Bhatkal: A food story
This sleepy and now maligned town on the Karnataka coast boasts of a unique cuisine embracing Konkan and Middle-Eastern influences
Bhatkal is a small port town on the Arabian Sea, near Mangaluru. Between the 8th and 15th centuries, it was one of the chief ports on the western coast, specializing in the trade of rice, sugar, spices and horses. Yemeni horses would be brought from the port of Hormuz in Iran to Bhatkal, and traded across the country. Over the centuries, traders from Iraq, Iran and Yemen settled in Bhatkal and formed the Navayath (newcomers) community. Some of them intermarried with the locals, many of whom belonged to the Jain community, and were influenced by their customs, languages and culture. This, in turn, led to a unique and multicultural food practice.
In recent times, however, whenever Bhatkal shows up in the news, it is with reference to radical Islamist elements and polarization between religious communities. As a result, the spotlight is rarely turned on this unique cuisine. Other than the Bhatkali biryani, little else is known and even less represented in mainstream restaurants, even in its home state of Karnataka.
The Alibaba Cafe and Restaurant on Bengaluru’s busy MM Road in Fraser Town is one of the few places that is changing this trend. The décor seems straight out of an Arabian Nights tale. Coloured glass lanterns hang from the ceiling and the mud-plastered walls are reminiscent of a Yemeni village home. There are Indian references too. The restaurant’s heavy wooden door has a lotus motif and large copper cooking pots in the corner look curiously Mangalurean. Shaad Hassan Damudi, the owner, greets visitors while taking orders on the phone in rapid-fire Konkani.
Damudi is from the Navayath community and his restaurant’s menu reflects his heritage. “What you see on the menu here is centuries of cultural amalgamation between the various communities, resulting in a very unique cuisine,” Damudi explains. The meat-heaviness is also reflected in the star dish on the menu—the Shaiyyo biryani, made from vermicelli (shaiyyo) instead of rice. The vermicelli adds a uniquely Konkani touch to the distinctly Middle-Eastern flavours of the dish, featuring layers of delicately spiced meat and a generous helping of browned onions. Shaiyyo is sun-dried in vast quantities in early summer, so it can be prepared and enjoyed throughout the long west-coast monsoon. “Navayath cuisine tends to have milder flavours than traditional south Indian coastal cuisine,” says Damudi. “We use local Byadagi red chillies, known for their bright red colour and slightly sweeter taste.”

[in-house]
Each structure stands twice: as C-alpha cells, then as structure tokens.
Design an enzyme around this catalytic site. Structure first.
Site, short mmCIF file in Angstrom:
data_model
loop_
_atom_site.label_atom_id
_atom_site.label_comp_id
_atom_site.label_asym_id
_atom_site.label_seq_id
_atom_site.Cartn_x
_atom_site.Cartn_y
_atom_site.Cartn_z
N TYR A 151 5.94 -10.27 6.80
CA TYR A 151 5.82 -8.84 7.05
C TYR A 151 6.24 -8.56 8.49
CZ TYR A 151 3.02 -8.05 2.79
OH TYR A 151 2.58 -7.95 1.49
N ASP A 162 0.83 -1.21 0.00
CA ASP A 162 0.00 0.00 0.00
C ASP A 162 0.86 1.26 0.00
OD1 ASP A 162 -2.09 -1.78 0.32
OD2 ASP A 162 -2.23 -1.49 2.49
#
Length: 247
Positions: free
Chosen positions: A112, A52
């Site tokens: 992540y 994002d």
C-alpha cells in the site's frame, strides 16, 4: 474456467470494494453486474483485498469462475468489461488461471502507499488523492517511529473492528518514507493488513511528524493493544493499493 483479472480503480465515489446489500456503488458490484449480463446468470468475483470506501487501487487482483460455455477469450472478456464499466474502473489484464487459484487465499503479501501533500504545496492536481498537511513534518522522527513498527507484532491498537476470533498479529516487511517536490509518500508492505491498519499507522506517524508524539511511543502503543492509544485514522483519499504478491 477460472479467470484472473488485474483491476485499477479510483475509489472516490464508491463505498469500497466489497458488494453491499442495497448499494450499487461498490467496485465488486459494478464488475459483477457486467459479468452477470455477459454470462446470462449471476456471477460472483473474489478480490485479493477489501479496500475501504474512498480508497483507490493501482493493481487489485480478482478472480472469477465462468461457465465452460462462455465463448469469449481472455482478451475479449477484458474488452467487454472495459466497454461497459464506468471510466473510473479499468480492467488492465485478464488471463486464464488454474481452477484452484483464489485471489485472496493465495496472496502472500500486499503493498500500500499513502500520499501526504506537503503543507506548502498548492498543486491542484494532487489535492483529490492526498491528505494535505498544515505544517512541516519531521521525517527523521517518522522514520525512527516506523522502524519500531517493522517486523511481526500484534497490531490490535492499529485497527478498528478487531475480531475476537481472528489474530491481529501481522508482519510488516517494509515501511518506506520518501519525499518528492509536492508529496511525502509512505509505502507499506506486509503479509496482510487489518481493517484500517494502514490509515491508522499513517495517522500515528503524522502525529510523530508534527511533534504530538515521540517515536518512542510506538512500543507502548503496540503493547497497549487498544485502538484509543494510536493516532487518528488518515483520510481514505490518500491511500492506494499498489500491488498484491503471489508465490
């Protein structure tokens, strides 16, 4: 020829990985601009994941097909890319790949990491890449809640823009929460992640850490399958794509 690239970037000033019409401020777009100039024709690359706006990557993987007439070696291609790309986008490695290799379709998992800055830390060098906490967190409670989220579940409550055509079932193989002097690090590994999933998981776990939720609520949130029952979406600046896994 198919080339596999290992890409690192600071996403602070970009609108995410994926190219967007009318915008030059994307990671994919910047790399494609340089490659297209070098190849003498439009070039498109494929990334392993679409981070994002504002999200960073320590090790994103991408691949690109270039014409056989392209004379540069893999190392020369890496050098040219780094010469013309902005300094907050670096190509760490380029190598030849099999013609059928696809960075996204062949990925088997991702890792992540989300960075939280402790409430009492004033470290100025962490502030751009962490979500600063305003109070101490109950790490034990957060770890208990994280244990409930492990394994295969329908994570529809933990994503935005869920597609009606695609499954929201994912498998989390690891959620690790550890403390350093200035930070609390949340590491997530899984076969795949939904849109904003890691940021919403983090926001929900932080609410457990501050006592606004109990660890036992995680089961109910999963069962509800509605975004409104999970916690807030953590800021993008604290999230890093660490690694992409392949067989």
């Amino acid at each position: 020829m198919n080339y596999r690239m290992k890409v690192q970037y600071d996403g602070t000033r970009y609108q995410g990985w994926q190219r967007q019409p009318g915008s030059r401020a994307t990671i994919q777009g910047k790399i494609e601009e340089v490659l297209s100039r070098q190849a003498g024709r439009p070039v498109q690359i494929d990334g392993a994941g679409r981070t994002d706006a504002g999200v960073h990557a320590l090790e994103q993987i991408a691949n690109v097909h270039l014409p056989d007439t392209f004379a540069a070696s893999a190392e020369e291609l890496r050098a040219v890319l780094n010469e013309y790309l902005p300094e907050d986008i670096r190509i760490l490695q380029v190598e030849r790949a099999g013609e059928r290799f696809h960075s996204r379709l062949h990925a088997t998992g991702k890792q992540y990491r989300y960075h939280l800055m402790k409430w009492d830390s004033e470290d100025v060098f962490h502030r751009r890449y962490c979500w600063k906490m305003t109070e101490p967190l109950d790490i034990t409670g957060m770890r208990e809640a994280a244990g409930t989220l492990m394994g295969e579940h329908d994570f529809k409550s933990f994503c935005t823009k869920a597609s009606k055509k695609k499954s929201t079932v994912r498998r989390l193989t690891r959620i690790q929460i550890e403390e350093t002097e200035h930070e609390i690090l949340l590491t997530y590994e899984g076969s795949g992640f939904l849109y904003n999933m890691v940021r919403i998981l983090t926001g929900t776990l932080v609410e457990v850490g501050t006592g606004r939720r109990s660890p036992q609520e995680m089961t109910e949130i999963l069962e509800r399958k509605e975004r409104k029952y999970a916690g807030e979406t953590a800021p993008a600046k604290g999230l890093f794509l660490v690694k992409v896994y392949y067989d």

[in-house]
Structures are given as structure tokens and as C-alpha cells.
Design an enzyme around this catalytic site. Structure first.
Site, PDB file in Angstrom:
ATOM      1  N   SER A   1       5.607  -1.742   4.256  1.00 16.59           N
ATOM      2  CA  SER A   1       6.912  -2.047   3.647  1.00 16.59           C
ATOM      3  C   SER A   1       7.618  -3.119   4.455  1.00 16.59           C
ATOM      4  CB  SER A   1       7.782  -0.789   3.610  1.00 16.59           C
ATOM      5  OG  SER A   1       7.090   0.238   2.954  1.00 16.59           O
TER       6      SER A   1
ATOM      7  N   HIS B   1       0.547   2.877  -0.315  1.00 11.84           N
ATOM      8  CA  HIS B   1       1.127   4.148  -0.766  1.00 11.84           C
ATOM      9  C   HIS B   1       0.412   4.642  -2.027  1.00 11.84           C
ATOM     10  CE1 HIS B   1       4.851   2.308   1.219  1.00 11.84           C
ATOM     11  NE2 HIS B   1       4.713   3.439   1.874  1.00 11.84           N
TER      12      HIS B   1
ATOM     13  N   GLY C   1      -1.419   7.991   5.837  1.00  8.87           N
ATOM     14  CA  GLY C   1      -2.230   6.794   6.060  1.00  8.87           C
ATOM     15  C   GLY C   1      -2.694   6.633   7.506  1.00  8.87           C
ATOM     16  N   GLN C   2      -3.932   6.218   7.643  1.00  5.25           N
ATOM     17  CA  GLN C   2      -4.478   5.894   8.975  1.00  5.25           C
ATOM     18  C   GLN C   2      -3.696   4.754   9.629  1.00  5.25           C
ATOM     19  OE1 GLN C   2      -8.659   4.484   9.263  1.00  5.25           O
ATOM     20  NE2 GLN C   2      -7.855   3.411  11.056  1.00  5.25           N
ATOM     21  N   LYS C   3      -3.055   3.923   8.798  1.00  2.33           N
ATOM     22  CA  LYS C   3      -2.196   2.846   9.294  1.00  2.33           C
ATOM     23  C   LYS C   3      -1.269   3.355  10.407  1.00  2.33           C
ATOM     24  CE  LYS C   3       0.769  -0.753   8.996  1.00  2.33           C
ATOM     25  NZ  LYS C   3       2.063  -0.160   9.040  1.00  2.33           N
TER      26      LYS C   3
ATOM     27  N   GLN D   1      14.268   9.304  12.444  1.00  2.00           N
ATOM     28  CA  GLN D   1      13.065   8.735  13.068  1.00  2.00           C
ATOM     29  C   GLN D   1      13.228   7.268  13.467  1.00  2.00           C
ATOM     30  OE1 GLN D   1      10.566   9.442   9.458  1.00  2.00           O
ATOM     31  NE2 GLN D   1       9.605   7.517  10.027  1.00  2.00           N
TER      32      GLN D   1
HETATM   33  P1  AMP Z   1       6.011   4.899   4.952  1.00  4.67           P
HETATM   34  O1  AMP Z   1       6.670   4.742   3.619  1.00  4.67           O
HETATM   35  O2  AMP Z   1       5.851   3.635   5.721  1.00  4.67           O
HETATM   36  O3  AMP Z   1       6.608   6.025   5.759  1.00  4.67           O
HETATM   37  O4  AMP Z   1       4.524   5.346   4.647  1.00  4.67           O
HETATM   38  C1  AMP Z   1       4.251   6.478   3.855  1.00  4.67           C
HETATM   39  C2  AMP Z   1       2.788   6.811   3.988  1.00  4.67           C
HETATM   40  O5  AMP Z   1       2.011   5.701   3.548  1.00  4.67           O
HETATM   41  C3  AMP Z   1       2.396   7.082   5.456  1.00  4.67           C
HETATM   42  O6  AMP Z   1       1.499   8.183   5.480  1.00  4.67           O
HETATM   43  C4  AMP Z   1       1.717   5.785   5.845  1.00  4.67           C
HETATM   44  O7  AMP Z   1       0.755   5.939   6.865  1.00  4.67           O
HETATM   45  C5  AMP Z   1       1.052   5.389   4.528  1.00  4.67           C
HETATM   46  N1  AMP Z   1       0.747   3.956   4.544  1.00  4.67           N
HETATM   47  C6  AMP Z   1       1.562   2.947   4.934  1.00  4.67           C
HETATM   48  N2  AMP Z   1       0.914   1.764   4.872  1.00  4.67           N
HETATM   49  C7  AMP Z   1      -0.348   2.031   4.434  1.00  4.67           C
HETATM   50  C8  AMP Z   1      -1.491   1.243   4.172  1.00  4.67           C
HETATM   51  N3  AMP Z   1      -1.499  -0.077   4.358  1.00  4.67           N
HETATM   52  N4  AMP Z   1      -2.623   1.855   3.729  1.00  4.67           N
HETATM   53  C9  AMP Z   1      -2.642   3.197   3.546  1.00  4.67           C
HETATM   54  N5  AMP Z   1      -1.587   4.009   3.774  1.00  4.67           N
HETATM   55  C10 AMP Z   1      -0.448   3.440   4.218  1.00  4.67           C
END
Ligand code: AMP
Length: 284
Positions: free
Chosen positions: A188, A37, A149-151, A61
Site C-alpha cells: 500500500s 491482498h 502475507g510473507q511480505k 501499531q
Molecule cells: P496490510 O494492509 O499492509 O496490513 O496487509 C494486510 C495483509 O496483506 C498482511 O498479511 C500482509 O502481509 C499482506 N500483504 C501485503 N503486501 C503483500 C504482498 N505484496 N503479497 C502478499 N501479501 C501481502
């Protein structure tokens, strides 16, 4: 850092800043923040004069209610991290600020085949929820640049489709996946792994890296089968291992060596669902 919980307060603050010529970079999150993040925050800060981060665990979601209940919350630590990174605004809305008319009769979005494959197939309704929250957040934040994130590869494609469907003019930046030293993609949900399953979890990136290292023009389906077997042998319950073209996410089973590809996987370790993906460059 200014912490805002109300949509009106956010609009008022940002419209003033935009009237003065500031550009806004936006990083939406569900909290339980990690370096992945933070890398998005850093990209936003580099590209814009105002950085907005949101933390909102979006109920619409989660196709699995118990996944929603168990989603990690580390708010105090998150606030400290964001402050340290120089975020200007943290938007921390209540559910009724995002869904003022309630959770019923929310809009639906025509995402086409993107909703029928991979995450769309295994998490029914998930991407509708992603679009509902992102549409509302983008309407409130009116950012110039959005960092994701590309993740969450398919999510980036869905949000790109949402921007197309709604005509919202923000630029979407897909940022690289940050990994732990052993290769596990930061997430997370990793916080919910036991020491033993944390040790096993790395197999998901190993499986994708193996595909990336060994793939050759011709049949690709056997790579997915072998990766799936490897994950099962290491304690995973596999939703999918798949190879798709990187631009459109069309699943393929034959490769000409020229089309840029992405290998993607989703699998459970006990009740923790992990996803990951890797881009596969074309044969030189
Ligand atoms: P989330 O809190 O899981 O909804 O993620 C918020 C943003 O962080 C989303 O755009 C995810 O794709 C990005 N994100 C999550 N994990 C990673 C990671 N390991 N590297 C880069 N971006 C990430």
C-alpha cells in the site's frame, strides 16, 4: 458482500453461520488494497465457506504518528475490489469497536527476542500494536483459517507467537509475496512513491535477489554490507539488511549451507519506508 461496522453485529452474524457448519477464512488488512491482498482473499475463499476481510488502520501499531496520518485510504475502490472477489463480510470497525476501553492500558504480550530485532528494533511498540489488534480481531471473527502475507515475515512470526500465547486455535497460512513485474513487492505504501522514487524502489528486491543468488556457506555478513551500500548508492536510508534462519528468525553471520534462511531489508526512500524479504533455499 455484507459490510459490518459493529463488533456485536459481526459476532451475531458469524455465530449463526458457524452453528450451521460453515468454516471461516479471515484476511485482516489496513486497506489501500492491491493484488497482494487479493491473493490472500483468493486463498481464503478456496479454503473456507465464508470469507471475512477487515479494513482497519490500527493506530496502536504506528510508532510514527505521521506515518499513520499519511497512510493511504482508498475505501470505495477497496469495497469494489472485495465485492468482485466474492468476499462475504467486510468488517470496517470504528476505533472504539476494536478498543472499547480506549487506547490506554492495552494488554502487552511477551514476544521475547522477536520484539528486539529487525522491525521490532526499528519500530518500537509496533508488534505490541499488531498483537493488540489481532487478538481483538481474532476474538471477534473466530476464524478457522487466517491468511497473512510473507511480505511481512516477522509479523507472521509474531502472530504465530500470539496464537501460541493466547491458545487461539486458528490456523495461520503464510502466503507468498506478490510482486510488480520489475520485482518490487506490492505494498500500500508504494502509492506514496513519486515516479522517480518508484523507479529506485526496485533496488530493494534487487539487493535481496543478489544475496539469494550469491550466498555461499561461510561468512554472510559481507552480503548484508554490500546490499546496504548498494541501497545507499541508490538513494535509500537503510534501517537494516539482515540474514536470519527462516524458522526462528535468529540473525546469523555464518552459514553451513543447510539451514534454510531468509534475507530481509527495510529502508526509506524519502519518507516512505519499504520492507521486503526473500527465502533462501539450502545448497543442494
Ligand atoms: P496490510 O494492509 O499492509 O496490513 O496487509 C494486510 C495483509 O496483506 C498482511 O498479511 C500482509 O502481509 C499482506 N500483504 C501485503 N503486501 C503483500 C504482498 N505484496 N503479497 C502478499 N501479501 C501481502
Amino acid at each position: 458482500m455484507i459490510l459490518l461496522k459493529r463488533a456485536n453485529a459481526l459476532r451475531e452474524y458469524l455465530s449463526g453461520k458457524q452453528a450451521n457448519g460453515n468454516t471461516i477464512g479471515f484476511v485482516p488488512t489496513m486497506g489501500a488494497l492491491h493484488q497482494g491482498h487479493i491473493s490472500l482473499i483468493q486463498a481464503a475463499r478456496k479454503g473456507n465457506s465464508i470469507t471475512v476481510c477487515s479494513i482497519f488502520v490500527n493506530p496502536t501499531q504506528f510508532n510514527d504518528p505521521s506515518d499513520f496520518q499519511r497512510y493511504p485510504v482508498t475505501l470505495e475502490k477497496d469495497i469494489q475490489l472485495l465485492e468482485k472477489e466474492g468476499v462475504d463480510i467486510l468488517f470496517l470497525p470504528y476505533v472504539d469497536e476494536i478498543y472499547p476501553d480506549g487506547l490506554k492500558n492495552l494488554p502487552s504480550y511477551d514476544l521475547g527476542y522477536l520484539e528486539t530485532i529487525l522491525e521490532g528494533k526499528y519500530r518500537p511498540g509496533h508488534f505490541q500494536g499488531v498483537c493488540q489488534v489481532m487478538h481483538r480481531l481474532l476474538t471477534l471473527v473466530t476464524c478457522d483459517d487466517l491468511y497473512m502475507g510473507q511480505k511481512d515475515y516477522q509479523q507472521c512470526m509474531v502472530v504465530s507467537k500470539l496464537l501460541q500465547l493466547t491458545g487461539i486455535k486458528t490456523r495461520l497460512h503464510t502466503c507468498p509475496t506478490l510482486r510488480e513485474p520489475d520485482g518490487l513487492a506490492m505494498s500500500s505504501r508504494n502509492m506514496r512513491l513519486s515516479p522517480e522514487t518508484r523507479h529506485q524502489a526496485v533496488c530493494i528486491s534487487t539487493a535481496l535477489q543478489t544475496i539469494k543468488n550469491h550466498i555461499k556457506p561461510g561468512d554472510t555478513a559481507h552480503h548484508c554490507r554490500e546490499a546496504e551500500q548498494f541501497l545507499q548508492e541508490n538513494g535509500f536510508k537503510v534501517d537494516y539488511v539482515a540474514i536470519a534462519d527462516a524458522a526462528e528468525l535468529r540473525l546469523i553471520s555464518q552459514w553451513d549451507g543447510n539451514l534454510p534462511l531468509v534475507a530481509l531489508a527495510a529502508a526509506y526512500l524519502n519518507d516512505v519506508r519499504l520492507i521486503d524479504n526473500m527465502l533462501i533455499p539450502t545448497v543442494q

Any conversation about Bhatkali food always turns to Bhatkali biryani, made with basmati rice flavoured with saffron and whole garam masala. Tender pieces of mutton, chicken, fish or prawns are cooked separately with spices. Some even describe it as a korma and rice dish which is assembled in layers and finally topped with fried onions, curry or mint leaves.
Seafood is a staple of Bhatkali cuisine. Fish, prawns, mussels, clams, oysters and squid, available in plenty along the Konkan coast, are combined with local spices to create preparations like the laun miriya mhaure, where sliced fish (typically seer) are cooked in a traditional salt and red chilli paste, or shinonya nevri, steamed mussels stuffed with a spicy rice and coconut mixture.
Aftab Husain Kola, a Bhatkal native and a food and travel writer, says that although modern influences have crept into traditional Navayath cuisine, many of the old traditions of seasonal food have been preserved. He also throws light on some of the other Navayath home specialities like haldi pana nevri, rice pancakes steamed in turmeric leaves, and mudkuley, tiny steamed rice-flour balls in a delicately spiced curry. The community also gets together during weddings and festivals, for dawats or feasts which celebrate Navayath fare.
The wide range of Bhatkali desserts reflects the cultural intermingling of communities. Shaufa pana (dill leaves) feature in a variety of desserts, from poli (bread) to appo (pancakes), even puddings. Saat padra navariyo, a baked, layered dessert, reminiscent of Goa’s bebinca, and tariye khawras, a semolina, coconut and cashew pudding, are unique to the region. Some of the desserts have interestingly Middle-Eastern hybrid names too. Al basra poli and aflatoon poli are two such delicious concoctions—baked pancakes made with combinations of milk, coconut, egg and sugar. The Bhatkal version of kheer is godan—it has various manifestations, but the base always comprises coconut milk and jaggery.
The culinary diversity of this little coastal town is quite mind-boggling and more conversations about this and other aspects of Bhatkal’s rich culture could present an alternative narrative to those of terror and violence.
2 tbsp refined flour
2 cups milk
4 eggs, beaten
1-2 tbsp sugar
1 tbsp broken cashews
1 cup coconut milk
K cup condensed milk
2 tbsp ‘ghee’
Add the refined flour to the milk and stir over a low flame until it thickens. Leave aside to cool. Add in eggs, sugar, nuts, coconut milk and condensed milk, and mix thoroughly.
Grease a baking tin with ‘ghee’ and pour the mixture into it. Bake at 160 degrees Celsius for about 20 minutes. Check if it is done by inserting a toothpick into the pancake; it should come out clean. Remove from the baking tin and serve warm.
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